By Greg Presland
Palmerston North City Council is contemplating enacting a by law that would allow it to fine people begging on its streets. The proposal reminds me of the the famous saying by Anatole France that “[t]he law, in its majestic equality, forbids the rich and the poor alike to sleep under bridges, to beg in the streets, and to steal bread”. Because begging is a sure sign of poverty and to fine the poor for begging will only add further financial stress to already strained circumstances.
The report to be considered at the Council’s Community Well Being Committee on August 1 has some chilling content. It notes that there has been a recent rise in the number of beggars being seen on Palmerston North’s streets. This is not surprising, unemployment has doubled over the past three years from 3.5 % of the work force to just under 7 %. There are currently 155,000 unemployed nation wide. Of course poverty is going to be that much more prominent.
The officer preparing the report properly consulted with the beggars themselves. Some were homeless. Most were on benefits. All but one had mental health problems.
Business owners were also consulted. They believe they are losing significant revenue because of the presence of the beggars. They also thought the sight of beggars was a poor look for the community especially in World Cup year. Obviously as far as they were concerned it would be better for the beggars to be out of sight if not out of mind.
The report notes that prosecutions are expensive and high handed and require considerable resources. When canvassing options it suggests that the “problem” may be capable of social resolution. This suggestion is rational and humane but I fear will not carry the day against obvious prejudice. It will be interesting to see what the Council decides to do.
It will hopefully not follow the lead of the former Auckland City Council. The John Banks Council enacted Bylaw No 20 – Public Places 2008 which included in the definition of “street trading” the “soliciting or collection of any subscription or donation”. In John Banks’ Auckland beggars needed to apply for a licence before they were permitted to beg. Someone found begging without a permit could be required to leave the area. Failure to do so would constitute an offence punishable a fine of up to $20,000.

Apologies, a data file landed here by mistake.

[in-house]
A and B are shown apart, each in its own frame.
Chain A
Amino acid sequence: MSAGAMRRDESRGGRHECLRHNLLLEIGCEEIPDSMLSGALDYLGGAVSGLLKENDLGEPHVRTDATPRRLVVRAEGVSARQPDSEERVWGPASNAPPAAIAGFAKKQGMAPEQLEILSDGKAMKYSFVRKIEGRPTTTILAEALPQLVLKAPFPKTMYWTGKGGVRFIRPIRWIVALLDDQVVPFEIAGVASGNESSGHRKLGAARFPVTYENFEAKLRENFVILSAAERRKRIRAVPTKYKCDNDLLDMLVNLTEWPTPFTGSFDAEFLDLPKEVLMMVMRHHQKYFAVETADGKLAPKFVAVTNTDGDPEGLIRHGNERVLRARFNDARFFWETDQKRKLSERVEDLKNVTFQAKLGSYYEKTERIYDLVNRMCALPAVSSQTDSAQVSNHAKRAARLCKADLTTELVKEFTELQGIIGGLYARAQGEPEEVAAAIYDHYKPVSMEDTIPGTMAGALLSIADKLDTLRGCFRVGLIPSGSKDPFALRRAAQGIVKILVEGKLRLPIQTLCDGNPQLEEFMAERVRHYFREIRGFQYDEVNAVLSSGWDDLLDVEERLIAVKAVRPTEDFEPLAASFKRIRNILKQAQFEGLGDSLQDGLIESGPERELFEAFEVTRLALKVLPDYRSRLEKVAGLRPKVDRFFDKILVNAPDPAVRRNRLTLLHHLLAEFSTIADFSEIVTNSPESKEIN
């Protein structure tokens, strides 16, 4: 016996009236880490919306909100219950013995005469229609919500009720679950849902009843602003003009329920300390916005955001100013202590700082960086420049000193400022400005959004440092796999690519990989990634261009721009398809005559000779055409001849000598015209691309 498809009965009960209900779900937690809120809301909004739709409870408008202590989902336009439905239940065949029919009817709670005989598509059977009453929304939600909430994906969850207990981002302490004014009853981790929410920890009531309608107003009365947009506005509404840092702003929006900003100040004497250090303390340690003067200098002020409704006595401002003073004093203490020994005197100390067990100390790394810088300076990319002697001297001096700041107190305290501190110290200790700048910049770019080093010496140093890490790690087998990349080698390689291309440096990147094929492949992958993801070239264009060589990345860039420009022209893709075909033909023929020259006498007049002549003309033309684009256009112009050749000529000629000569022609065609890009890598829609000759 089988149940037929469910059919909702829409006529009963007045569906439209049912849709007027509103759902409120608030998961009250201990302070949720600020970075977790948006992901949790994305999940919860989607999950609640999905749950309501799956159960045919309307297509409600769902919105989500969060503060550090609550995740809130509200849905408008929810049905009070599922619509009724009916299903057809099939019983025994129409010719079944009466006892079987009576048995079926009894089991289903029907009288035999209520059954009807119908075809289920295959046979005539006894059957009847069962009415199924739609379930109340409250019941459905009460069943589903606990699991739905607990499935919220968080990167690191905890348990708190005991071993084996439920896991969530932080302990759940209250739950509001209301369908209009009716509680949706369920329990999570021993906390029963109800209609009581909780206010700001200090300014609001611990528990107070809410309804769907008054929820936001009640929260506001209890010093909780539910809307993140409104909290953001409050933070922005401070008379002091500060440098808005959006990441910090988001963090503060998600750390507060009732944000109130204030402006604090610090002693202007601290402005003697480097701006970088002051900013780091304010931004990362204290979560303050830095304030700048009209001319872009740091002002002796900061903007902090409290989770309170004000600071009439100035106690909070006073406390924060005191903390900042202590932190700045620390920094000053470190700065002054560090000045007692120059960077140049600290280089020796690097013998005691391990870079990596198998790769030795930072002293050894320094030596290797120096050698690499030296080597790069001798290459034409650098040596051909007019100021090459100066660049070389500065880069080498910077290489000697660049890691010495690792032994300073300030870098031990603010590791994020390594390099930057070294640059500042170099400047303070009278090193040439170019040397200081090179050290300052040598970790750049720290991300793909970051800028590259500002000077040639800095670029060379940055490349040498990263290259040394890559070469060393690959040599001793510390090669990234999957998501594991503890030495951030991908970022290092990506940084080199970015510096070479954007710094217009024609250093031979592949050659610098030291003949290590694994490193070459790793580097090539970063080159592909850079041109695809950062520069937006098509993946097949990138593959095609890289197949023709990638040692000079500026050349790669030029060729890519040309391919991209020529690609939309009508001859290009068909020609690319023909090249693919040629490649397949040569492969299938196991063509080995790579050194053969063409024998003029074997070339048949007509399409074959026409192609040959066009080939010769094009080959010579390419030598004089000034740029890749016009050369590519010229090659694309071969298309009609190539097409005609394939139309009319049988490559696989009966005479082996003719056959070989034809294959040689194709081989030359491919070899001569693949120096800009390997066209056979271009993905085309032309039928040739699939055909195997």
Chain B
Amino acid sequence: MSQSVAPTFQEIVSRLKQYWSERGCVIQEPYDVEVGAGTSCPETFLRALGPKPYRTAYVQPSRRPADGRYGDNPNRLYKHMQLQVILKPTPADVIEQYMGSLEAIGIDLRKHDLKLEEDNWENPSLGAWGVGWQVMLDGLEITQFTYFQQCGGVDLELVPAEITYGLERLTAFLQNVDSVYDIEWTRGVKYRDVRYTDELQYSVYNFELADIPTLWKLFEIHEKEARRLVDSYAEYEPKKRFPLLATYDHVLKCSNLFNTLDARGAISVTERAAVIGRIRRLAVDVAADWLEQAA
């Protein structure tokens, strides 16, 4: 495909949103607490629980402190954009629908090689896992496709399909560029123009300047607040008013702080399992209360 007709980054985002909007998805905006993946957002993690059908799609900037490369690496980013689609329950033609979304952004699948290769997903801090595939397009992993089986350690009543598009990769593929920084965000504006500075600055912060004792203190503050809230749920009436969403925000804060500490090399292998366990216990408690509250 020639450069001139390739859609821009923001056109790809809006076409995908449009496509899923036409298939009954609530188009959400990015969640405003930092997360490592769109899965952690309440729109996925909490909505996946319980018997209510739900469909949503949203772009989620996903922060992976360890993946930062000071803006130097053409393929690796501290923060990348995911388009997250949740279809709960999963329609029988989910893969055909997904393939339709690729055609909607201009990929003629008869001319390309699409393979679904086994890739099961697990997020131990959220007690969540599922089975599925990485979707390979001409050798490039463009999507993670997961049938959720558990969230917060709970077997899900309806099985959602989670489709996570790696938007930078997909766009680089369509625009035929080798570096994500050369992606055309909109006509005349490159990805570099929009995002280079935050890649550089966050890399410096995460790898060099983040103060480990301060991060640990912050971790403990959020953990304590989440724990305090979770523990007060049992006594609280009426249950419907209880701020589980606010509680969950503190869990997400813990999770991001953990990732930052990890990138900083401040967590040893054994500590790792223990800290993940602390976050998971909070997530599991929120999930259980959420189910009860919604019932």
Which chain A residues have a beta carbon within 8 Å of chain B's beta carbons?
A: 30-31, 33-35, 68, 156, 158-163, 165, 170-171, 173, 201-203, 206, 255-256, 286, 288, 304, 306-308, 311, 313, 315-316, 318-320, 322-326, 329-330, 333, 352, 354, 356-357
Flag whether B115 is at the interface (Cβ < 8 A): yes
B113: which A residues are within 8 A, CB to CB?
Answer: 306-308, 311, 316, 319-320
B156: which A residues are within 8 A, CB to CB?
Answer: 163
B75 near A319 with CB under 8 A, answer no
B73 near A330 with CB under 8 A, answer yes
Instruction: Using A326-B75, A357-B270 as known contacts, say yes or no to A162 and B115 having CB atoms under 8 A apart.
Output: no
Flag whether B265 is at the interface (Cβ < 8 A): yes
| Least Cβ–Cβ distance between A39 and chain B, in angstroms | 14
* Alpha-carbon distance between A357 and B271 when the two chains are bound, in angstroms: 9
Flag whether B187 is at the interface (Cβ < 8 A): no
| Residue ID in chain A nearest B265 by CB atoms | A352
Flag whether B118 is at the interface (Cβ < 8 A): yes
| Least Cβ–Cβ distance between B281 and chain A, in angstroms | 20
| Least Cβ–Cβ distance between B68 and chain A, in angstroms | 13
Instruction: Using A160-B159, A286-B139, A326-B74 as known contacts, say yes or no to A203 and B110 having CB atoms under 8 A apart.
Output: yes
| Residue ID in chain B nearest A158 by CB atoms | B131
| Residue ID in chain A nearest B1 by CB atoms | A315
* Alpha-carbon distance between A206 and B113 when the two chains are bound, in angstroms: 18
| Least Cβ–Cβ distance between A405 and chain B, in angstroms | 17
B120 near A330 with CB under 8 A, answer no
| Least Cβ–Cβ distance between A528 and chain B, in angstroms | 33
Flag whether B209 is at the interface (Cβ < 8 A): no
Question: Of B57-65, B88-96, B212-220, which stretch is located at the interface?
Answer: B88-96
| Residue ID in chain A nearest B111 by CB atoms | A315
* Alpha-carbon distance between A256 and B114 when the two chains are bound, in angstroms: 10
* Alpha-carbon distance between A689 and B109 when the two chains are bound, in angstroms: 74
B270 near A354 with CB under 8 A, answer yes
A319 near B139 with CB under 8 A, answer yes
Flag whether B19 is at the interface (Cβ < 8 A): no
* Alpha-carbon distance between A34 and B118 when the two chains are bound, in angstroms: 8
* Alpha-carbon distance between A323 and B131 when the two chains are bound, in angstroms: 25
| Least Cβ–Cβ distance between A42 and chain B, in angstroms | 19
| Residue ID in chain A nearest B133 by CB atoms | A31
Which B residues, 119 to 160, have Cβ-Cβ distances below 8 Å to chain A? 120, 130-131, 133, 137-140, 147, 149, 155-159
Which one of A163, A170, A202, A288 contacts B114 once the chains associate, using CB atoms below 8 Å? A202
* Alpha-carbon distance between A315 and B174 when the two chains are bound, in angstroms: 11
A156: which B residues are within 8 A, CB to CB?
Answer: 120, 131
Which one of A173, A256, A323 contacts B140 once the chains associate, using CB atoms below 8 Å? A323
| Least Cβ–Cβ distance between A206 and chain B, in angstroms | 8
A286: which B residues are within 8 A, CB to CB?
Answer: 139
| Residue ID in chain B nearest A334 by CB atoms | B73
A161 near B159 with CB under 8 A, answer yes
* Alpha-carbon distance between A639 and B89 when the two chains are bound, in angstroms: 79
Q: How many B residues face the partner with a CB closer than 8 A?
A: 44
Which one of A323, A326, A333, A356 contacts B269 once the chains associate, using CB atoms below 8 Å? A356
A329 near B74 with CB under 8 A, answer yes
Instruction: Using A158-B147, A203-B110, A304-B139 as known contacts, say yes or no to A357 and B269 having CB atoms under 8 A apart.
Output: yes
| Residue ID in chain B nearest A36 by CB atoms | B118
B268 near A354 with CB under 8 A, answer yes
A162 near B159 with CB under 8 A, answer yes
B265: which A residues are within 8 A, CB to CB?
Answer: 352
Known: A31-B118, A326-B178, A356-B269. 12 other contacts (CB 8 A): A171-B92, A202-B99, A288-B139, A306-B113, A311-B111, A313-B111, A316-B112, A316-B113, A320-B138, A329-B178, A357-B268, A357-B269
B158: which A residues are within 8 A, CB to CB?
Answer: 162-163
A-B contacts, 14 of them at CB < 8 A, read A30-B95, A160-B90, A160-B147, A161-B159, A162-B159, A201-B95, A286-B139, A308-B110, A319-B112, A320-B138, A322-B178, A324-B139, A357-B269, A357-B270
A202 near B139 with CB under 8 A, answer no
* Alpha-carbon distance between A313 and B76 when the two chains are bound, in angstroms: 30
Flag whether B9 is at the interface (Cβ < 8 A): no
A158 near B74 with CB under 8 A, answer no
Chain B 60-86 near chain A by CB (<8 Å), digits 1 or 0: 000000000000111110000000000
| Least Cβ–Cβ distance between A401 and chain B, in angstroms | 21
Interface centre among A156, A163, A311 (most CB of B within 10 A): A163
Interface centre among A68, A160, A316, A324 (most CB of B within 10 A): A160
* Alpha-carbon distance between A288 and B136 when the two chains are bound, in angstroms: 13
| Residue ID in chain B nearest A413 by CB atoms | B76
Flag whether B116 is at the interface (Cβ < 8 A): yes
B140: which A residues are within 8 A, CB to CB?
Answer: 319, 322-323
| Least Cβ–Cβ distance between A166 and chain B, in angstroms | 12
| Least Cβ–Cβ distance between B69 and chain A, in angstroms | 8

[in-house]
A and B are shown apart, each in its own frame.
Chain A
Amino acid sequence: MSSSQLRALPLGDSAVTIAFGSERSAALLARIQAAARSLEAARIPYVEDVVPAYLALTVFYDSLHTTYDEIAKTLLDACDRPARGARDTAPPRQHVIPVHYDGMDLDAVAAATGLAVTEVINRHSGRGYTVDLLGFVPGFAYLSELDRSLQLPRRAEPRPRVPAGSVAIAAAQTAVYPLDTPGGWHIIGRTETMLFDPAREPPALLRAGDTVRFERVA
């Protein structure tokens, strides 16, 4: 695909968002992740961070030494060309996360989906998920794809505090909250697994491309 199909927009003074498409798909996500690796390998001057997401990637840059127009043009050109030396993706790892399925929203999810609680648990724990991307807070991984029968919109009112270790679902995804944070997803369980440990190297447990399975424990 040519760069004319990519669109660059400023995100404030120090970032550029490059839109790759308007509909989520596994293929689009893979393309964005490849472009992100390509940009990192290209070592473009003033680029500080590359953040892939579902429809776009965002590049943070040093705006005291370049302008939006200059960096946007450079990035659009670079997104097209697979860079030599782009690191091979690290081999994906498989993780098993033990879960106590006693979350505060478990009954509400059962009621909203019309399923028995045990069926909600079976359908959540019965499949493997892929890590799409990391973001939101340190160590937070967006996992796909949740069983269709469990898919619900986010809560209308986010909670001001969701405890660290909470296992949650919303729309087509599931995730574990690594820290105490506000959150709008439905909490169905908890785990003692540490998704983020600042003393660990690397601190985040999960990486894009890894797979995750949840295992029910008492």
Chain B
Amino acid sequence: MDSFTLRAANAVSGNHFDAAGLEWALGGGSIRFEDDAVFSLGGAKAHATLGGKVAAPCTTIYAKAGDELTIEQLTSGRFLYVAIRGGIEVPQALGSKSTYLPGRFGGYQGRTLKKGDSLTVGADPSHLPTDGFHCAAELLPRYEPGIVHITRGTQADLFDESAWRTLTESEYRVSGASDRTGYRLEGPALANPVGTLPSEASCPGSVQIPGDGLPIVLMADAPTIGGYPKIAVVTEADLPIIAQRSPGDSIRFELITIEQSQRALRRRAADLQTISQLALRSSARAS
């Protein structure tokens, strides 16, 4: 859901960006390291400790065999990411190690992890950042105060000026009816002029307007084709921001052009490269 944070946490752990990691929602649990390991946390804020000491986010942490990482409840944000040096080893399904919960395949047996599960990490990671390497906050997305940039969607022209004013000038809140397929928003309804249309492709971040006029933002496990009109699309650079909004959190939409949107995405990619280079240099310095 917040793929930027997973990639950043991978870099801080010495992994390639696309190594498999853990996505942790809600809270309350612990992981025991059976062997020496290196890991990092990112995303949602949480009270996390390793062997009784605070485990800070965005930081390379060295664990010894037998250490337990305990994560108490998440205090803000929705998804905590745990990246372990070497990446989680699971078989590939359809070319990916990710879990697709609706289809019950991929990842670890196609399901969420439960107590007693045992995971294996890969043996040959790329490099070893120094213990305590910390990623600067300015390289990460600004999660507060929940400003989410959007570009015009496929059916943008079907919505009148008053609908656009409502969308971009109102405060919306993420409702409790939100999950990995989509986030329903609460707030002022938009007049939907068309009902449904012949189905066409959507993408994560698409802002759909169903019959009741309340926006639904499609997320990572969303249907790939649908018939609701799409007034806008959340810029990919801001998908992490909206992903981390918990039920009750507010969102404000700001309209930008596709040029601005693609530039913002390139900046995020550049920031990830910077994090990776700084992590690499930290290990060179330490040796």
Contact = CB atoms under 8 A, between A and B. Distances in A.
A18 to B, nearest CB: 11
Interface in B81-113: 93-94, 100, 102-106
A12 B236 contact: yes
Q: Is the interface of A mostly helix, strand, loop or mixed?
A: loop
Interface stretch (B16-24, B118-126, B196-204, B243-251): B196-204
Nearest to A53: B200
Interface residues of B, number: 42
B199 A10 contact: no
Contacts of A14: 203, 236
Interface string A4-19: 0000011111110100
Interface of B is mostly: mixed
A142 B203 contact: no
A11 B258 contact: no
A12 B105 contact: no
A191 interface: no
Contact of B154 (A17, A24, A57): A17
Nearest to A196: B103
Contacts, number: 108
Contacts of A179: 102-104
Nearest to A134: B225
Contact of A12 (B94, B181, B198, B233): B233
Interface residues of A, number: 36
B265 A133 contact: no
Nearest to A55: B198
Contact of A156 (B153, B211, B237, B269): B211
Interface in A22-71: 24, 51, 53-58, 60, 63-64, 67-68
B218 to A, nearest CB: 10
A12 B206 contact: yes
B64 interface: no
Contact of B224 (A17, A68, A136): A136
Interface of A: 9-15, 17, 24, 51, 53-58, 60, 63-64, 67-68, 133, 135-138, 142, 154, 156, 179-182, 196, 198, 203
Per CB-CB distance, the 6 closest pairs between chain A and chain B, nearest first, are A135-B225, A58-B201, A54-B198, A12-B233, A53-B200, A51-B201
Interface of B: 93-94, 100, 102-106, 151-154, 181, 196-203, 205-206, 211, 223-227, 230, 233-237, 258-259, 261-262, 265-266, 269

That particular piece of madness was the brainchild of Paul Goldsmith, National’s current candidate for the Epsom electorate. It is hoped that if Paul is elected to Parliament then he shows more compassion than he did to Auckland’s homeless. He seemed to be particularly upset that the homeless were making Auckland look messy, and he proposed changes to the New Zealand Bill of Rights so that police officers could pick people up and move them on.
That Council budgeted $220,000 for security guards to move the homeless on, that sum could have been used to provide many homeless with shelter. It is not as if there had been an explosion in the numbers of homeless living on the streets. As noted at the time by current Councillor Cathy Casey
For as long as there has been a city here there have been rough sleepers. The problem is not huge. The latest count found 91 people sleeping rough within 3km of the Sky Tower – down from the 120 the year before.
I hope Palmerston North do not do it. And as I am involved in the Auckland review of its by laws I will be raising the issue of whether it is right that the poor and unwell should be open to significant fines for sleeping under bridges and begging in the streets.